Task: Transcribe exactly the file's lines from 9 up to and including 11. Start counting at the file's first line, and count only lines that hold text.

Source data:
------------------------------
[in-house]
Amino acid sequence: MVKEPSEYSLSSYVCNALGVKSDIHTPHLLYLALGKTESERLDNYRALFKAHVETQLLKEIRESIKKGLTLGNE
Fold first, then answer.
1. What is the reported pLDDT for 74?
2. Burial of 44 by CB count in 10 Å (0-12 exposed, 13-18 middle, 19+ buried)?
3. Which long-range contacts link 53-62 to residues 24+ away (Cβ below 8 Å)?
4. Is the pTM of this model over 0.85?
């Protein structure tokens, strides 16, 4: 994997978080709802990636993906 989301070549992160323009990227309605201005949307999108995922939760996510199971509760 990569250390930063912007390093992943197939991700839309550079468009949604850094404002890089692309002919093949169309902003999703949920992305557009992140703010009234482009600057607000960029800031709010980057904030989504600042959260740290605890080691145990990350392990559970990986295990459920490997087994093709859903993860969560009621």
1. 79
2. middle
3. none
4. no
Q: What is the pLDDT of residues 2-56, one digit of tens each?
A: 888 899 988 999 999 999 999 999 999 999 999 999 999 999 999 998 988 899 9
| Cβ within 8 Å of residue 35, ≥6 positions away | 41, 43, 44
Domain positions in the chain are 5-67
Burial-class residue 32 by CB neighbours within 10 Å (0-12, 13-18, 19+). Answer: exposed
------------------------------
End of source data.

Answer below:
1. 79
2. middle
3. none